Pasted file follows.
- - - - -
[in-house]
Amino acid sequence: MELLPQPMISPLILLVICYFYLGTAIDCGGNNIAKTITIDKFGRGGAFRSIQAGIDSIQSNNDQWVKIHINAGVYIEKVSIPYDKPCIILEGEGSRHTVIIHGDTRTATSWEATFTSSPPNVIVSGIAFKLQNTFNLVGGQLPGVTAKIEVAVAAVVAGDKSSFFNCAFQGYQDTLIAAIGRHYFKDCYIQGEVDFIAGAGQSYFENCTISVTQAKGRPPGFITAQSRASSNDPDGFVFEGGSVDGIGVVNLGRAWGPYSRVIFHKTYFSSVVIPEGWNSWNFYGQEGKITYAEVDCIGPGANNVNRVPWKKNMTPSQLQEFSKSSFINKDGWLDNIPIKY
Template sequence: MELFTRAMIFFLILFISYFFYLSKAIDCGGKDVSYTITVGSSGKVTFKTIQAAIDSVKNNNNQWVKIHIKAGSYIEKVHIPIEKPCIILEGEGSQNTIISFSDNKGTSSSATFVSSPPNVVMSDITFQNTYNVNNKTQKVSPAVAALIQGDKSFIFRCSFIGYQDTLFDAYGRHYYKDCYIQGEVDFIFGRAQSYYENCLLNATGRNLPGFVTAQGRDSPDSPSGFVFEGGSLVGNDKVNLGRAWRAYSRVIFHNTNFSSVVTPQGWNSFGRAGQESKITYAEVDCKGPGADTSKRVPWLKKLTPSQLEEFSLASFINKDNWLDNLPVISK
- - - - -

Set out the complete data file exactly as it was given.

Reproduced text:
[in-house]
Amino acid sequence: MELLPQPMISPLILLVICYFYLGTAIDCGGNNIAKTITIDKFGRGGAFRSIQAGIDSIQSNNDQWVKIHINAGVYIEKVSIPYDKPCIILEGEGSRHTVIIHGDTRTATSWEATFTSSPPNVIVSGIAFKLQNTFNLVGGQLPGVTAKIEVAVAAVVAGDKSSFFNCAFQGYQDTLIAAIGRHYFKDCYIQGEVDFIAGAGQSYFENCTISVTQAKGRPPGFITAQSRASSNDPDGFVFEGGSVDGIGVVNLGRAWGPYSRVIFHKTYFSSVVIPEGWNSWNFYGQEGKITYAEVDCIGPGANNVNRVPWKKNMTPSQLQEFSKSSFINKDGWLDNIPIKY
Template sequence: MELFTRAMIFFLILFISYFFYLSKAIDCGGKDVSYTITVGSSGKVTFKTIQAAIDSVKNNNNQWVKIHIKAGSYIEKVHIPIEKPCIILEGEGSQNTIISFSDNKGTSSSATFVSSPPNVVMSDITFQNTYNVNNKTQKVSPAVAALIQGDKSFIFRCSFIGYQDTLFDAYGRHYYKDCYIQGEVDFIFGRAQSYYENCLLNATGRNLPGFVTAQGRDSPDSPSGFVFEGGSLVGNDKVNLGRAWRAYSRVIFHNTNFSSVVTPQGWNSFGRAGQESKITYAEVDCKGPGADTSKRVPWLKKLTPSQLEEFSLASFINKDNWLDNLPVISK